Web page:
Design Strategies

Top-Down Strategy

The top-down strategy uses the modular approach to develop the design of a system. It is called so because it starts from the top or the highest-level module and moves towards the lowest level modules.

In this technique, the highest-level module or main module for developing the software is identified. The main module is divided into several smaller and simpler submodules or segments based on the task performed by each module. Then, each submodule is further subdivided into several submodules of next lower level. This process of dividing each module into several submodules continues until the lowest level modules, which cannot be further subdivided, are not identified.

Top Down

Bottom-Up Strategy

Bottom-Up Strategy follows the modular approach to develop the design of the system. It is called so because it starts from the bottom or the most basic level modules and moves towards the highest level modules.

In this technique,

  • The modules at the most basic or the lowest level are identified.

  • These modules are then grouped together based on the function performed by each module to form the next higher-level modules.

  • Then, these modules are further combined to form the next higher-level modules.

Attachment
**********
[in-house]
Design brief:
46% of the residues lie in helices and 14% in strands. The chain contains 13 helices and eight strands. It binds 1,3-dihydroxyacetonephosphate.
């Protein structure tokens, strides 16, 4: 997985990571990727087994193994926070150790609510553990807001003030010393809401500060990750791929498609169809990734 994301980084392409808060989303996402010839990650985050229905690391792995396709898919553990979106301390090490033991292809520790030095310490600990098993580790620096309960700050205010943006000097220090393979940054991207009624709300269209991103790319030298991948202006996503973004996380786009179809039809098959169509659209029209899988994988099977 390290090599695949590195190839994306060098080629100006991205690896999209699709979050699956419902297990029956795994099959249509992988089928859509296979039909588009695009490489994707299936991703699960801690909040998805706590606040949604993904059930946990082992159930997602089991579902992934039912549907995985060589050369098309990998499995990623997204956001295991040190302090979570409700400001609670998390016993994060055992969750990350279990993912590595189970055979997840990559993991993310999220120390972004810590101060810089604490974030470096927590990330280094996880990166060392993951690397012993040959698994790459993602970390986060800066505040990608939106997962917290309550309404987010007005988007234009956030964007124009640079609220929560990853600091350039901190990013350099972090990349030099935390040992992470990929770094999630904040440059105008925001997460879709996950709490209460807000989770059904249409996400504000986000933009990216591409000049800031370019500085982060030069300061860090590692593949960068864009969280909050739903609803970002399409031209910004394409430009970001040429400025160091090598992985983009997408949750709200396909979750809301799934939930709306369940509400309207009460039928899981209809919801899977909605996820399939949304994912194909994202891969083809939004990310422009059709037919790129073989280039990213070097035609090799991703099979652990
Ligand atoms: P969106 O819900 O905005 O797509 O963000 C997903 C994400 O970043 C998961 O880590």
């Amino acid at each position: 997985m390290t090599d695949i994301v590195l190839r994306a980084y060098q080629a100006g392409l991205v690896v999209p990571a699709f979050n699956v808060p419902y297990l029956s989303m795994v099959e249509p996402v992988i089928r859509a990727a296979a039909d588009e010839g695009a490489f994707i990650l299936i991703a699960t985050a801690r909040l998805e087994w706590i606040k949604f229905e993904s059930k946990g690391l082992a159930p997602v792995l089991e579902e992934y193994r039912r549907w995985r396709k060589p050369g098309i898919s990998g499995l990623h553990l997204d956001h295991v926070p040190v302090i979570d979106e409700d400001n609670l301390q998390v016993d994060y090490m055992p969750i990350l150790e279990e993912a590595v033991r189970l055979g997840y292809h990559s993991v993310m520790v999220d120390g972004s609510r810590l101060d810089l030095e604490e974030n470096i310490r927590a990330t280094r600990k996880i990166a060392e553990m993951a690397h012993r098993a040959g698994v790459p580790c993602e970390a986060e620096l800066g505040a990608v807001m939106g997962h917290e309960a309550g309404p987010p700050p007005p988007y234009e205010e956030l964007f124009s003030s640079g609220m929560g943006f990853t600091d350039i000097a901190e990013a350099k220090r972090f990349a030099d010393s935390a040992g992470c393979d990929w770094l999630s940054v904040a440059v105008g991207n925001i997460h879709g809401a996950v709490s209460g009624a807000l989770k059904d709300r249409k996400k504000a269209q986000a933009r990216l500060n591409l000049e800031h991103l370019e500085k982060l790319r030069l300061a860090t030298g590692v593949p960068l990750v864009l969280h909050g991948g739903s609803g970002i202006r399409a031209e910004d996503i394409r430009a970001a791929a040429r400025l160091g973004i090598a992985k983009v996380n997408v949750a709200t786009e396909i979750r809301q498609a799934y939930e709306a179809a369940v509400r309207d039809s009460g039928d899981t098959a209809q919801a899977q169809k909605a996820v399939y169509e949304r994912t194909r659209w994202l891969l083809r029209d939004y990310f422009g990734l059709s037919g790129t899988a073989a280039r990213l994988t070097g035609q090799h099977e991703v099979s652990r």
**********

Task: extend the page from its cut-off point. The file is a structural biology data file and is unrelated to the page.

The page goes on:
• This process of grouping several simpler modules to form higher level modules continues until the main module of system development process is achieved.


Structured Design

Structured design is a data-flow based methodology that helps in identifying the input and output of the developing system. The main objective of structured design is to minimize the complexity and increase the modularity of a program. Structured design also helps in describing the functional aspects of the system.

In structured designing, the system specifications act as a basis for graphically representing the flow of data and sequence of processes involved in a software development with the help of DFDs. After developing the DFDs for the software system, the next step is to develop the structure chart.

Structured Design


Structured design partitions the program into small and independent modules. These are organized in top down manner with the details shown in bottom.

Thus, structured design uses an approach called Modularization or decomposition to minimize the complexity and to manage the problem by subdividing it into smaller segments.


  • Critical interfaces are tested first.
  • It provide abstraction.
  • It allows multiple programmers to work simultaneously.
  • It allows code reuse.
  • It provides control and improves morale.
  • It makes identifying structure easier.

Structured Charts

Structured charts are a recommended tool for designing a modular, top down systems which define the various modules of system development and the relationship between each module. It shows the system module and their relationship between them.

It consists of diagram consisting of rectangular boxes that represent the modules, connecting arrows, or lines.

  • Control Module − It is a higher-level module that directs lower-level modules, called subordinate modules.

  • Library Module − It is a reusable module and can be invoked from more than one point in the chart.


We have two different approaches to design a structured chart −

  • Transform-Centered Structured Charts − They are used when all the transactions follow same path.

  • Transaction–Centered Structured Charts − They are used when all the transactions do not follow the same path.